In what lies the fascination of ducks? For an overwhelming fascination it is, and one that grows and becomes more and more commanding. The very haunts of wild duck - the grey waters, open spaces and wild country, and the cold, rough weather that is most associated with them, exercise a particular charm which nothing else quite equals.
These two were sitting together on a bridge in the park,
entirely unfazed by my presence or camera.
Indeed the drake seemed only too happy to pose.
His mate wears a more guarded expression.
Since early times ducks, particularly those with bright plumage, have been kept in captivity on account of their decorativeness and friendly disposition, though this custom was more popular in France than in this country.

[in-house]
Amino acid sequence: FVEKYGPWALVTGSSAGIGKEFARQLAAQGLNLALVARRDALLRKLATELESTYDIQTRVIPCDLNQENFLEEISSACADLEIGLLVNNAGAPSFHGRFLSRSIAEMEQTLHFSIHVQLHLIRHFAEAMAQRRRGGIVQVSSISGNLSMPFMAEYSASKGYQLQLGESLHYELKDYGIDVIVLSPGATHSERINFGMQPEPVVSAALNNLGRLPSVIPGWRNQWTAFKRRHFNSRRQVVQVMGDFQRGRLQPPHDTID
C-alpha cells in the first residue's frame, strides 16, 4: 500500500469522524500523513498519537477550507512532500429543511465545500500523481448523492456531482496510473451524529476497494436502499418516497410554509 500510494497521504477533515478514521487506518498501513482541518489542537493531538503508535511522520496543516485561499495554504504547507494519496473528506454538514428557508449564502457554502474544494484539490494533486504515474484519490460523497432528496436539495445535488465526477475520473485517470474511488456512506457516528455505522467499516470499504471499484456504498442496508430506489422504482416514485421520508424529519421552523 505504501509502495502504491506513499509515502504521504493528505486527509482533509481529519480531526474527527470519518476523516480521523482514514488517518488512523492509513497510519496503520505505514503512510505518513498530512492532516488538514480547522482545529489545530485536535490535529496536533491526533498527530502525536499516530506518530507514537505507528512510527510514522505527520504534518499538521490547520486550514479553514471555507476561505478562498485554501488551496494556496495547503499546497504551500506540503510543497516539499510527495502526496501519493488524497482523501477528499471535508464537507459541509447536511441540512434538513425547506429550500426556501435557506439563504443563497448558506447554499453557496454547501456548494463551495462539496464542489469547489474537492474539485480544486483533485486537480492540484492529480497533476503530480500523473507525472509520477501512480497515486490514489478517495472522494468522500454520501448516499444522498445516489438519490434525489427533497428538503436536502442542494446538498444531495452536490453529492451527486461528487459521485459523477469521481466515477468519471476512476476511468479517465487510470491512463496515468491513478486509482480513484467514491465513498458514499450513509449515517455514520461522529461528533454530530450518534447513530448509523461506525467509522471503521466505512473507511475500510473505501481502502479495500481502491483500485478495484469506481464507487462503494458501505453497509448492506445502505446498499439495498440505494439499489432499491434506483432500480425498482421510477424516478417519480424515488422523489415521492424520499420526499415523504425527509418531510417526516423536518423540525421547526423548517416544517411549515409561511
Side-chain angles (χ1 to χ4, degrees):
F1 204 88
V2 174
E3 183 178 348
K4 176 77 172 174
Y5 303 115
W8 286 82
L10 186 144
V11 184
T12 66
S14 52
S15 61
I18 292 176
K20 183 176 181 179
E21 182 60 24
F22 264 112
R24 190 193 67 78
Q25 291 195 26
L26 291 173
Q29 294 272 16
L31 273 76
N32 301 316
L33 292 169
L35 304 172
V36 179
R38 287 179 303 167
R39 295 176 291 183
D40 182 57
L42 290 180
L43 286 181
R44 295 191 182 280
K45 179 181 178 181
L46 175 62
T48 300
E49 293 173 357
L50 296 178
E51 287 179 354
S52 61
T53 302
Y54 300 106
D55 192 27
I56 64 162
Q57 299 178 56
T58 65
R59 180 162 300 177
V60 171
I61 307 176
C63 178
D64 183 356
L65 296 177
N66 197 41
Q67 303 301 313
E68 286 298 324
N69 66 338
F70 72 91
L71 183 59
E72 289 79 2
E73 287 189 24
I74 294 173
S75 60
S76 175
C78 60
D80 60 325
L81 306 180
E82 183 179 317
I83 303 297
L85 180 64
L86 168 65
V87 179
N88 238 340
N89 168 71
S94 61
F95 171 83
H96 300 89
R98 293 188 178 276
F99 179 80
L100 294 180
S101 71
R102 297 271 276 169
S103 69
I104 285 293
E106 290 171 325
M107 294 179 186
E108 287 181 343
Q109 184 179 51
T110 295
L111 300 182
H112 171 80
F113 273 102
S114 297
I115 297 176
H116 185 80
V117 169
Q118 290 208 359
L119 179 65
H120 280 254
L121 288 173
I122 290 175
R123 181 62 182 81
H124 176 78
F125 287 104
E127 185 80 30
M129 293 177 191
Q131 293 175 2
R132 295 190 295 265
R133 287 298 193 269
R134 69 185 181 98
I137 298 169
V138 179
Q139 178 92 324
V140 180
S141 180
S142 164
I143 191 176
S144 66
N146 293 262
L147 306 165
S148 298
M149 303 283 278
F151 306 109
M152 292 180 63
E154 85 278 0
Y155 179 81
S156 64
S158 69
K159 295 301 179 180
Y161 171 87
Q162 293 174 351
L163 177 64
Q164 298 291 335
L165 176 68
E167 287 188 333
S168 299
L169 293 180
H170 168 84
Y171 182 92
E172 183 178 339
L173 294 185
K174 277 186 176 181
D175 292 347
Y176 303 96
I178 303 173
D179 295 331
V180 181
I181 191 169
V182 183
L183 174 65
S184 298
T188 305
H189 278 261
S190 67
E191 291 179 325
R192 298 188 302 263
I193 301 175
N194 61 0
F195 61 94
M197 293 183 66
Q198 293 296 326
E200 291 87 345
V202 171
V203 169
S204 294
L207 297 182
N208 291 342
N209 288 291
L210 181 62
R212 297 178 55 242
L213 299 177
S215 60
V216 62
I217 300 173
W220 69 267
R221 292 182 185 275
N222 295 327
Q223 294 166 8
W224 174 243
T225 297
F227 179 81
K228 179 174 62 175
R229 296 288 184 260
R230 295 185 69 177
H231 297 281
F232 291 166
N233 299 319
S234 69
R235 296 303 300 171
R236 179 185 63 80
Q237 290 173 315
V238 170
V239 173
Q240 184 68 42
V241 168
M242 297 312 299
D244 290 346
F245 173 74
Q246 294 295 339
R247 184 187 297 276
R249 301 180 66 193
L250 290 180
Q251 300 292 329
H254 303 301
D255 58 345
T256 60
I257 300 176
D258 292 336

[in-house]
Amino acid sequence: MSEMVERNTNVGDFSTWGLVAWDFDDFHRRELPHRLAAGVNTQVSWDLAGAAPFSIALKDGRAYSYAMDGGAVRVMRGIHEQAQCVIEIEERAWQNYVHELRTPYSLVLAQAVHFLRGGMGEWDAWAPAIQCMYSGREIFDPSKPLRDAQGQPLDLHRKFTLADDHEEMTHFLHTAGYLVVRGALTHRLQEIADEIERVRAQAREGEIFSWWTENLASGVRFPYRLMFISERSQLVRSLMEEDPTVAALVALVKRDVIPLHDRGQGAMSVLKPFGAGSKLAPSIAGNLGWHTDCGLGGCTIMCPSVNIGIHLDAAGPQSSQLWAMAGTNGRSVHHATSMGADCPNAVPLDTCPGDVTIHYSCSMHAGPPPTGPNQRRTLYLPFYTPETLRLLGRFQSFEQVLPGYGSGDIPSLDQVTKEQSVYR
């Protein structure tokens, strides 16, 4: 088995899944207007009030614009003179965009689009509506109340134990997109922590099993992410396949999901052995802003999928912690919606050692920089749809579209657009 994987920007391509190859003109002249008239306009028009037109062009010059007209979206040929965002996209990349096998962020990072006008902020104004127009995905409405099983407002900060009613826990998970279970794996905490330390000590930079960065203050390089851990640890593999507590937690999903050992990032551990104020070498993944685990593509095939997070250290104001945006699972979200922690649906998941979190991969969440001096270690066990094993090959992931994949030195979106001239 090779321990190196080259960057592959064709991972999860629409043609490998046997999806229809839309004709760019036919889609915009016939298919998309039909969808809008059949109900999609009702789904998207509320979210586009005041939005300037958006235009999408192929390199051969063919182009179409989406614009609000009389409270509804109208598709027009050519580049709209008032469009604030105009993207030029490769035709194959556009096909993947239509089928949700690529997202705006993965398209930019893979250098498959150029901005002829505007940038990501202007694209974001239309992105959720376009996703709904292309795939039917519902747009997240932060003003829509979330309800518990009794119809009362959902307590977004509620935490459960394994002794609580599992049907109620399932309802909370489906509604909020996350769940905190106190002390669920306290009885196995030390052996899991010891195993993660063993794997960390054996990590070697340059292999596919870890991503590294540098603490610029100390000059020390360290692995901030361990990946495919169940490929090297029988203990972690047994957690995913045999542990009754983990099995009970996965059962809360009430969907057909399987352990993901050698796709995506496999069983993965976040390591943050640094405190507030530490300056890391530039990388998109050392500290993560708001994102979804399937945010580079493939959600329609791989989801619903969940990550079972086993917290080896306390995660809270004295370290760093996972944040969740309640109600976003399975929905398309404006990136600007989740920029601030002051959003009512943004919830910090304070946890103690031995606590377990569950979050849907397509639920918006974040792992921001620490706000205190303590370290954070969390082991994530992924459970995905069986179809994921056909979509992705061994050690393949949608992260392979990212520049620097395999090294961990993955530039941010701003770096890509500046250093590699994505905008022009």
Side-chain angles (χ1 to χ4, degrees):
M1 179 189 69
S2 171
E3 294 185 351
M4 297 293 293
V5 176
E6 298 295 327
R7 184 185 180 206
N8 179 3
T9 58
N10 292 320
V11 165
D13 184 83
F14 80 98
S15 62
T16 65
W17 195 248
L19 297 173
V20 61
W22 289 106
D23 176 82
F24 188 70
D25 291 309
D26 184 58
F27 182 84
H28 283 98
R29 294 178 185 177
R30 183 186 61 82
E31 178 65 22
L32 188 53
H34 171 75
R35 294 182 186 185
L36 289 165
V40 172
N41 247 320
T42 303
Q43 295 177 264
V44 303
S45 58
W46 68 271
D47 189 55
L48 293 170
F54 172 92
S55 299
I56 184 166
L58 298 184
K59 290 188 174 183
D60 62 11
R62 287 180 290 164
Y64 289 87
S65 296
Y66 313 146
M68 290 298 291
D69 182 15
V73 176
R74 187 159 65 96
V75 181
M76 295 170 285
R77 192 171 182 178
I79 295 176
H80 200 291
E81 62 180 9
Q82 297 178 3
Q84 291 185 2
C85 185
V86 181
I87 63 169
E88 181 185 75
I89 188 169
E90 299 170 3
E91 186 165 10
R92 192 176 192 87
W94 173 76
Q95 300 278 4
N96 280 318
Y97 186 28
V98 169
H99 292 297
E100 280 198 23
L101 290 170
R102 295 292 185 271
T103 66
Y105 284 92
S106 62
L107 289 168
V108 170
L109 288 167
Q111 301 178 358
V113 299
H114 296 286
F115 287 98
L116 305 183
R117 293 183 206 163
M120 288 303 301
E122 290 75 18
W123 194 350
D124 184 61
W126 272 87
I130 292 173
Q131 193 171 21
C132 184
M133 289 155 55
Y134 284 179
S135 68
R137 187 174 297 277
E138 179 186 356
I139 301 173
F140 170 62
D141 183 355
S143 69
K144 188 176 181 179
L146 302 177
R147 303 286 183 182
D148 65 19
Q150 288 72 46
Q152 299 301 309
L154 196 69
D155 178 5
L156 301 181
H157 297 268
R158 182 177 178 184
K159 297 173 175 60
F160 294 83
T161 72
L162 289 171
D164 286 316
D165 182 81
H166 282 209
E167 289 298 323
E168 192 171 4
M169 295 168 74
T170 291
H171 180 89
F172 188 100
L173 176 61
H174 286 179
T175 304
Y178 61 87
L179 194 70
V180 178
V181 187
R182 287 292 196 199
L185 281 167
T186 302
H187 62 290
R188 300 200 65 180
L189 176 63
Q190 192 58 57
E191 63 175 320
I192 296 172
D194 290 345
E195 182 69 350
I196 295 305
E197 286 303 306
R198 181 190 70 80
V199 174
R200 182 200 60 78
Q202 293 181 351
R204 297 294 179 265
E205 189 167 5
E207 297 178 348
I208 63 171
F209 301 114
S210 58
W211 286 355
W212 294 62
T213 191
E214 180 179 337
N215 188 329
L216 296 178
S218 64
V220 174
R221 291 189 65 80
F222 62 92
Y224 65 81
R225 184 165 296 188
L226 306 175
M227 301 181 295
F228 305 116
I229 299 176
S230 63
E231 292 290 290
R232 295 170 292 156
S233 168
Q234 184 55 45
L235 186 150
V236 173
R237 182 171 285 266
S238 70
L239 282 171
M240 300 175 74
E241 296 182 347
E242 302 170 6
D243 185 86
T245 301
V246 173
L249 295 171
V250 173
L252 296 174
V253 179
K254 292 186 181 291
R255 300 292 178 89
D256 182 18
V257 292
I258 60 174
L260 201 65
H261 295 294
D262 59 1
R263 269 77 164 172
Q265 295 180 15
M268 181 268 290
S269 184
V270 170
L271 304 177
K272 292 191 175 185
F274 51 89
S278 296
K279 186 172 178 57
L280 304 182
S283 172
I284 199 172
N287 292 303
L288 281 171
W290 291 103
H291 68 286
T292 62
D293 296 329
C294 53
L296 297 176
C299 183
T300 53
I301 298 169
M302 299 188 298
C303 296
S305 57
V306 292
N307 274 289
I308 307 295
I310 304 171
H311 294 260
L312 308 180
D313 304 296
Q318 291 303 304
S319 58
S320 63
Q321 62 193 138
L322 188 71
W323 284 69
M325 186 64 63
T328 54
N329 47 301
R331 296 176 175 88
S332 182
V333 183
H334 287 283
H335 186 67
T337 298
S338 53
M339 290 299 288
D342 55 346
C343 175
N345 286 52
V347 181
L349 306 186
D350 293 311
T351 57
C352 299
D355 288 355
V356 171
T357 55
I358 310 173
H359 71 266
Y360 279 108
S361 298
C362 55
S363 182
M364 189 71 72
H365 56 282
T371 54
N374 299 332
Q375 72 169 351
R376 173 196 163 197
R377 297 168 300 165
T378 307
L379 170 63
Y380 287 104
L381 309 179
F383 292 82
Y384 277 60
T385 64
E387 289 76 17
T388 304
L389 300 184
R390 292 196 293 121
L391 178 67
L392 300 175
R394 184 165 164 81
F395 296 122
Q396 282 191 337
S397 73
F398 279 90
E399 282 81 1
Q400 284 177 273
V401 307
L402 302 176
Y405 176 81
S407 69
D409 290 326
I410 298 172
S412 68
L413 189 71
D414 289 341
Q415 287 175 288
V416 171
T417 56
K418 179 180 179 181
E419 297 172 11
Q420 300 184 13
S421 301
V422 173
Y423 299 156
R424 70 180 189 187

In 1661 King Charles II formed a collection of waterfowl in London, in St James's Park, and used to amuse himself by feeding them. The birds apparently bred in good numbers, and there are records that baskets were provided for the ducks to nest in.
The collection of water-fowl in St James's Park was the predecessor of many other collections big and small, all over the country. At the present day it is almost a foregone conclusion that a park with a lake should have a collection of wild duck...and many wild birds join the tame ones and soon lose their fear of human beings.
A Book of Ducks - Phyllis Barclay-Smith
(* A mild expression of surprise, found in James Joyce's Ulysses,
T.S Eliot's The Rock and P.G Wodehouse's The Coming of Bill.)